By Guillaume di Canzio
When it debuted, EM Forster’s “Maurice” offered a rarefied take on the queer possibility: a happy ending for gay men, with the book’s protagonist, the wealthy and well-educated stockbroker Maurice Hall, finding love with the young gardener Alec Scudder. The book was originally written in 1913 and 1914, but Forster tinkered with the manuscript for decades until it was finally published posthumously in 1971. So it looked at its initially contemporary novel era. in a period piece embalmed about the crippling, self-cannibalistic anxieties that homosexual men lived in early 20th century England. But, as he writes in a 1960 “Terminal Note” which serves as an addendum to his manuscript, sketching out a happy ending was still an imperative for the book: “I was determined that in fiction anyway. , two men should fall in love and stay in it forever and ever as fiction allows, and in that sense Maurice and Alec are still wandering in the green forest. “
Forster hasn’t dared to introduce readers further into the future of his lovers, other than letting us know they end up together. To dream of their material lives over the fateful years that followed would have tainted the idyllic “never and ever” he suggested at the end of his book.
Enter: “Alec,” by William di Canzio, a novel that aims to both complement and complement “Maurice” by picking up Forster’s characters and plunging them into the mud-riddled trenches of the Great War.
In ‘Alec’ di Canzio (re) introduces readers to Maurice’s lover, starting with Alec’s birth in Dorset in 1893 and following his growth and his own personality. Here, Alec has a shrewd self-awareness of his sexual desires and a decidedly modern approach to satisfying them (not only does he not despise his homosexuality, but he even finds a certain trump card in it: “It kept him from having sexual desires. trouble with the girls. ”). He also developed increasingly radical political ideals, although he remained enamored and devoted to Mauritius, wealthy and educated in Cambridge.
For anyone who’s ever read “Maurice” (or seen the faint-worthy 1987 film adaptation), the first third of “Alec” will run on familiar ground. As the story revisits the original’s cricket matches, nightly dates, and botched blackmail attempts, now seen from Alec’s perspective, this Forster twin sheet is at times in danger of being too indebted to its source.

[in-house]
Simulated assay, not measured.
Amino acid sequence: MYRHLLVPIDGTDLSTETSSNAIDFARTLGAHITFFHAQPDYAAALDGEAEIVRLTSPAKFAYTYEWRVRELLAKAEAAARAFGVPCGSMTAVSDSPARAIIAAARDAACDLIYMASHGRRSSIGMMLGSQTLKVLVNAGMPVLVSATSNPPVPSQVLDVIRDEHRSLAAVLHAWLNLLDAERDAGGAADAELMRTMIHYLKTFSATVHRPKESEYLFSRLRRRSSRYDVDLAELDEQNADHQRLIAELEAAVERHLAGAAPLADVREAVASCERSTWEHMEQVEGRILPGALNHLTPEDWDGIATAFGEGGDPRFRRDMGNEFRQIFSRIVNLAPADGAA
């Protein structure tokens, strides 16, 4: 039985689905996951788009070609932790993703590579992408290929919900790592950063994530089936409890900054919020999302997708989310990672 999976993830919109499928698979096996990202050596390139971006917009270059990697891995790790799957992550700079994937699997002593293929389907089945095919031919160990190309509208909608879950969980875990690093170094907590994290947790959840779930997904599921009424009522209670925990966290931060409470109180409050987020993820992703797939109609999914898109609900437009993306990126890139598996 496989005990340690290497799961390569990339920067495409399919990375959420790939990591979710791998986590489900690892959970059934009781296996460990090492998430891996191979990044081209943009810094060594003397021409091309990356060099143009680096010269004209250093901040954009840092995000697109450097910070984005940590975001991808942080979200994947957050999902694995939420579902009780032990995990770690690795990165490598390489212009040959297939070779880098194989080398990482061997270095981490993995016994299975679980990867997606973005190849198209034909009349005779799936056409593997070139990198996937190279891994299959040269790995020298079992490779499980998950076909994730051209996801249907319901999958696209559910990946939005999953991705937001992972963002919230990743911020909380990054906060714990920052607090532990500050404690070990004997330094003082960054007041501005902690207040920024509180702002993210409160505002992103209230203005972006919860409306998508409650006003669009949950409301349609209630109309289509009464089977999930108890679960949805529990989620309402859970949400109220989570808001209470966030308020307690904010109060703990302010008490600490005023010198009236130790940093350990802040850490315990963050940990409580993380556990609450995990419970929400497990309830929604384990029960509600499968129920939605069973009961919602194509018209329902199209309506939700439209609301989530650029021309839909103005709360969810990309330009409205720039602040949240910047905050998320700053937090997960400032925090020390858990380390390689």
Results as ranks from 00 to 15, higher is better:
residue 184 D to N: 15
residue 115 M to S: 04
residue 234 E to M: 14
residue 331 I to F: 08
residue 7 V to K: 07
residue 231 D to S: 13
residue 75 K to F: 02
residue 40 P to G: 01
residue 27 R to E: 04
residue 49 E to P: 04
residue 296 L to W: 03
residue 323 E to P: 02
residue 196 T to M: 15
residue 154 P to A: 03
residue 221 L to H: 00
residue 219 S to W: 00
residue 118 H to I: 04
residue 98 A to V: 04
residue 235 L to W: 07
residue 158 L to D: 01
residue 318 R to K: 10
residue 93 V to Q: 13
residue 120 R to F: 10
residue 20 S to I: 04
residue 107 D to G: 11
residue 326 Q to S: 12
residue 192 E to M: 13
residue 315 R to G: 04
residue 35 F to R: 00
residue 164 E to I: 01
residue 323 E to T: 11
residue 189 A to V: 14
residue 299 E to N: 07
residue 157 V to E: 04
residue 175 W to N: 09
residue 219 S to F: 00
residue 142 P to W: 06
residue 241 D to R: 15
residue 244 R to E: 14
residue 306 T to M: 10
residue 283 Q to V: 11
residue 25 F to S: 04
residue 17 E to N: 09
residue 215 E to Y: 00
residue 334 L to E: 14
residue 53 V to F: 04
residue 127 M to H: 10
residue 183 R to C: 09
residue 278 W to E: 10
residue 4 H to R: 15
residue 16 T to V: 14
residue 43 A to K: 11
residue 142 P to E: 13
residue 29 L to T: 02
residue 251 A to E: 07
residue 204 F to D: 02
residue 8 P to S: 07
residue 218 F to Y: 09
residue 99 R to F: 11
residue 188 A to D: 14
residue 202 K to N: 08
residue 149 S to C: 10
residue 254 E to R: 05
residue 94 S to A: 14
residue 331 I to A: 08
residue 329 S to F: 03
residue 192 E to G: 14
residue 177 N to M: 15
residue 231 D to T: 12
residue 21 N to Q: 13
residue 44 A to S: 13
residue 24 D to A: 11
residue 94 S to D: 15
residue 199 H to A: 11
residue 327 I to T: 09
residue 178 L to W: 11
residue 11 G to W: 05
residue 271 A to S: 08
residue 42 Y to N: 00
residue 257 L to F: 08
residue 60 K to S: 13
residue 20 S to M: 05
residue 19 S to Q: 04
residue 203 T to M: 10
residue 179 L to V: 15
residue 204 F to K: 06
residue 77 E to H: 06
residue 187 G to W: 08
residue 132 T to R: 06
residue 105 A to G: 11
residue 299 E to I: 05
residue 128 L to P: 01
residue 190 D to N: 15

Once di Canzio breaks through the figurative greenwood of his borrowed characters, his goal of reviving them becomes clearer. By following the couple beyond one happily ever after, di Canzio makes Forster’s wish all the more tangible as he shows these characters building lives for themselves on their own terms.
There is a radical romantic take here that is as old-fashioned as it is modern and refreshing, with this war-torn couple pining for each other as they hold their love in highest esteem, disregarding the law. and English customs.
“We have so few role models, men like us, for privacy, for dedication that lasts,” a friend told the couple, reflecting on how the war has inadvertently opened their eyes to the life they ‘he refused. “No fault on our part. How many of our stories have been erased from history, from memory? Without stories, we are made to feel alone, unnatural, ashamed. “
Di Canzio’s novel reads as an attempt to make these forgotten men feel less alone, to proliferate their stories. In nudist country shelters in peacetime, codified arrangements between soldiers and majors during wartime, spooky encounters in mainland brothels on leave, and heated lounge conversations about Hellenistic poetry after the armistice, the novel presents the many ways in which other “outlaws” like Maurice and Alec have managed, albeit tenuously, to carve out spaces for themselves.
“Alec” is fiction as queer archeology, demonstrating that looking back does not necessarily mean looking back.